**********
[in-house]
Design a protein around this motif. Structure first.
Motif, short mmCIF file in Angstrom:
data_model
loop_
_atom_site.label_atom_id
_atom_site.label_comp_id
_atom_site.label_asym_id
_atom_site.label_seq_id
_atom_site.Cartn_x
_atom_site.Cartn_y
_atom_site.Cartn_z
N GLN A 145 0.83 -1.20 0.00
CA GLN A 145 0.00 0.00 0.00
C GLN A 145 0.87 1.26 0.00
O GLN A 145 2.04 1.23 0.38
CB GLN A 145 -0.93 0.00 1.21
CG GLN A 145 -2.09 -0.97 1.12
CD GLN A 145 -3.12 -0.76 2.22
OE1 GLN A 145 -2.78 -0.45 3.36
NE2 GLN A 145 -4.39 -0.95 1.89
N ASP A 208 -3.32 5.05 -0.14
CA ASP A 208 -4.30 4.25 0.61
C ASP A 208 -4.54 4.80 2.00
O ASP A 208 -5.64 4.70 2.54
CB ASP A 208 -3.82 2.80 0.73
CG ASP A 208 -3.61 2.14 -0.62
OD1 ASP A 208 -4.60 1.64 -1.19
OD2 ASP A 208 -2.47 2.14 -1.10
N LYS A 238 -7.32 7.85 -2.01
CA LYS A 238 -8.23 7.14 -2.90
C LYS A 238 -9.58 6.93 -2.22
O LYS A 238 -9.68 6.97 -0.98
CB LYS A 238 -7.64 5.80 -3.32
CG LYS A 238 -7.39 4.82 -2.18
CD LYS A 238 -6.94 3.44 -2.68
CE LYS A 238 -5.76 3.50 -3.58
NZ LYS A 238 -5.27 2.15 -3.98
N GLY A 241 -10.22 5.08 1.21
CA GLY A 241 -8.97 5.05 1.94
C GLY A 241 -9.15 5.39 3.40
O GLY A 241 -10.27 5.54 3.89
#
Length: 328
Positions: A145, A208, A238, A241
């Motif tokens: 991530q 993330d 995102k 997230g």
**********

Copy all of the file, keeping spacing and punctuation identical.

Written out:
[in-house]
Design a protein around this motif. Structure first.
Motif, short mmCIF file in Angstrom:
data_model
loop_
_atom_site.label_atom_id
_atom_site.label_comp_id
_atom_site.label_asym_id
_atom_site.label_seq_id
_atom_site.Cartn_x
_atom_site.Cartn_y
_atom_site.Cartn_z
N GLN A 145 0.83 -1.20 0.00
CA GLN A 145 0.00 0.00 0.00
C GLN A 145 0.87 1.26 0.00
O GLN A 145 2.04 1.23 0.38
CB GLN A 145 -0.93 0.00 1.21
CG GLN A 145 -2.09 -0.97 1.12
CD GLN A 145 -3.12 -0.76 2.22
OE1 GLN A 145 -2.78 -0.45 3.36
NE2 GLN A 145 -4.39 -0.95 1.89
N ASP A 208 -3.32 5.05 -0.14
CA ASP A 208 -4.30 4.25 0.61
C ASP A 208 -4.54 4.80 2.00
O ASP A 208 -5.64 4.70 2.54
CB ASP A 208 -3.82 2.80 0.73
CG ASP A 208 -3.61 2.14 -0.62
OD1 ASP A 208 -4.60 1.64 -1.19
OD2 ASP A 208 -2.47 2.14 -1.10
N LYS A 238 -7.32 7.85 -2.01
CA LYS A 238 -8.23 7.14 -2.90
C LYS A 238 -9.58 6.93 -2.22
O LYS A 238 -9.68 6.97 -0.98
CB LYS A 238 -7.64 5.80 -3.32
CG LYS A 238 -7.39 4.82 -2.18
CD LYS A 238 -6.94 3.44 -2.68
CE LYS A 238 -5.76 3.50 -3.58
NZ LYS A 238 -5.27 2.15 -3.98
N GLY A 241 -10.22 5.08 1.21
CA GLY A 241 -8.97 5.05 1.94
C GLY A 241 -9.15 5.39 3.40
O GLY A 241 -10.27 5.54 3.89
#
Length: 328
Positions: A145, A208, A238, A241
């Motif tokens: 991530q 993330d 995102k 997230g």